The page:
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Why You HAVE to Use THIS Core Exercise

I always knew core strengthening was important, but the past few months have really shown me HOW MUCH! 

I know talking about core exercises and strength has become a bit uncool for some.

It become very “in vogue” to say that if you squat, press, and deadlift, then your core is strong enough. 

Ironically, when posed with this very question of what is “…most influential variable that links pain and performance?” Spine specialist, Dr. Stuart McGill answered, “My response would be an underperforming core.”


Dr. McGill has really debunked a lot of myths of core strength and spine health. 


What does he mean? 

I’ve found this out the hard way. Due to the tremendous stress that three spinal surgeries have taken on my core, I’ve found that my legs and upper body are tremendously impacted. How so? There are times where I lie down on my back and can’t lift my right leg off of the ground unless I correctly stimulate my core. 

Most people don’t realize that the REAL job of the core is to help create a stable base for the extremities to work from. When the body feels unstable the mobility and strength of the upper and lower body get greatly compromised.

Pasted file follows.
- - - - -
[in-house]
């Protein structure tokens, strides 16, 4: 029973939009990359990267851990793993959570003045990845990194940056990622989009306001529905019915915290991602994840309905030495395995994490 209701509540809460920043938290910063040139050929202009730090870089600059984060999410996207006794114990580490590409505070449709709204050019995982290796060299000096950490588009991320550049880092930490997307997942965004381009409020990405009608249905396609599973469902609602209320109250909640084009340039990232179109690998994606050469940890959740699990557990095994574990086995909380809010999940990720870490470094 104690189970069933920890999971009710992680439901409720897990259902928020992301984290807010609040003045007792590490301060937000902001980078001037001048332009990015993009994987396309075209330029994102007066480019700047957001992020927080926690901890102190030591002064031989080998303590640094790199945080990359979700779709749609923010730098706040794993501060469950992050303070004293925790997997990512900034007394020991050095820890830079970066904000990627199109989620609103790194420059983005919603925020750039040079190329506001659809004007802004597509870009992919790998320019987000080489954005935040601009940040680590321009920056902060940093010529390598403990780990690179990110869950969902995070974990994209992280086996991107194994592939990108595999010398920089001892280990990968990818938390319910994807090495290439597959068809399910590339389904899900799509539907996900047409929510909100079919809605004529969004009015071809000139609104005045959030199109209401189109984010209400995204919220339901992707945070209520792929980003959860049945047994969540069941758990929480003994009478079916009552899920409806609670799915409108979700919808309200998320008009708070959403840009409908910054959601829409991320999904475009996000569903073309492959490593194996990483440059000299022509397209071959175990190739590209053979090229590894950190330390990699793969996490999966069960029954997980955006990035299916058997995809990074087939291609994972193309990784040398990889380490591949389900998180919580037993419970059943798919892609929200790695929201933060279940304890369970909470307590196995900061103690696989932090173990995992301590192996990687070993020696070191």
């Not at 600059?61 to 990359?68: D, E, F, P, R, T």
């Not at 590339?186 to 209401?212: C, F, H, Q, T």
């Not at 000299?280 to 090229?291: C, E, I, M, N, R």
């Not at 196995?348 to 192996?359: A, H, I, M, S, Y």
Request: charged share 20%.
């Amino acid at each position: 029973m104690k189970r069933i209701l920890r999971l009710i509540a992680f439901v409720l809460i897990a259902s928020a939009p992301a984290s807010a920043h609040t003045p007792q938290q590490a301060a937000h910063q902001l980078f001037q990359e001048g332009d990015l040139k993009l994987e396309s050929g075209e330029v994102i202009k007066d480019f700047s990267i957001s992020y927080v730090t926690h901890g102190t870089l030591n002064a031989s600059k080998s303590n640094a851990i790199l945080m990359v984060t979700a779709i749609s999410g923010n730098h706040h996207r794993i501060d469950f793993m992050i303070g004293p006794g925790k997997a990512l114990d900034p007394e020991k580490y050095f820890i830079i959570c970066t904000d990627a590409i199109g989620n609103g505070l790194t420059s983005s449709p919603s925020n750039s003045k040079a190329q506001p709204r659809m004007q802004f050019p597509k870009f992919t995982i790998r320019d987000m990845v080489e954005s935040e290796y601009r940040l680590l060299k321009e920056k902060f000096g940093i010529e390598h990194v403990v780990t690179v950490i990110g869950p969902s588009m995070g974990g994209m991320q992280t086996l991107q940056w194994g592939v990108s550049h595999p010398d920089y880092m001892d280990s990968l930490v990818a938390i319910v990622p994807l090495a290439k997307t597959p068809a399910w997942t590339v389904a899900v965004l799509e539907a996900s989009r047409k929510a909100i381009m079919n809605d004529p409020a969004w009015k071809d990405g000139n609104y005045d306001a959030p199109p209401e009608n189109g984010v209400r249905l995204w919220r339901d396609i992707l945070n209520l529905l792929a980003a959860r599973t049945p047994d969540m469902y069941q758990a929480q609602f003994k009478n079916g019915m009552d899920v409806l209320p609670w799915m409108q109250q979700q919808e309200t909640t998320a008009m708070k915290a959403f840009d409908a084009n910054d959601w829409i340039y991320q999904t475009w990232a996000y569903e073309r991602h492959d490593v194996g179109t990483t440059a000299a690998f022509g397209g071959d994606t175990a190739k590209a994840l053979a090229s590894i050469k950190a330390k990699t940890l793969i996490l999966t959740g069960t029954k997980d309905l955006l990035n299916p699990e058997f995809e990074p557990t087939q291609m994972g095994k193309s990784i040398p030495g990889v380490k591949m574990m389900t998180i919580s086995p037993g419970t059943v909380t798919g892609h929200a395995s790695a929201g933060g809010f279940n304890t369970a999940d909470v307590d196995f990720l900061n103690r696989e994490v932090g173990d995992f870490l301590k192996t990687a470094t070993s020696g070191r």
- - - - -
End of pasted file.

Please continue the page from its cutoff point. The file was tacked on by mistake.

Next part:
Where most people have BIG deficiencies is in the lateral stability of their body. I know, no one ever asked to see your “lateral six pack”, but strength and cosmetics are different beasts. Strength is not necessarily correlated with low body fat levels and low body fat levels or six packs don’t necessarily mean you have a strong core. 


The “lateral sling system” is a natural kinetic chain in the body. 

The lateral stability of the body is more correlated with performance and health of the low back than any other form of core training. The most famous of these drills? Yea, the side plank! While most think of modern core exercises with the front plank, the side plank is part of Dr. McGill’s “Big 3” of core stability exercises that best represent true core strength and resiliency. 

Just do more side planks right? Well, that is part of the story, the other is HOW you side plank as well as how you progress. 

One of the most common compensations people make is they don’t full extend their hips and end up in a bit of flexion. The other is that people rest on their shoulders and don’t use their lats. In all reality, when you start doing side planks RIGHT and for the right amount of time (at least 10 second pauses) people often have to come back to their knees. 

I know, you might be too “tough” to perform side planks from the knees, but doing them right is more important than gutting through them. So, don’t feel bad if you do need to come back down to the knees. 

Second is that we often don’t get both sides of the body active, which we can and SHOULD do! A way we can do this is to take a concept I first learned at my RKC in 2003. When pressing a single kettlebell overhead, we create a fist and almost a punch with the opposing arm. This creates tension on the non-loaded side via something that is called “irridation”. 

Using the side plank we want to do the same, that is why using the DVRT Ultimate Sandbag Training Side Plank Row can be a supercharged core exercise. Not only do we engage the lateral stability we want in a side plank, but we get even MORE! Check out how to do it RIGHT and see how hard having the right intent of an exercise can be!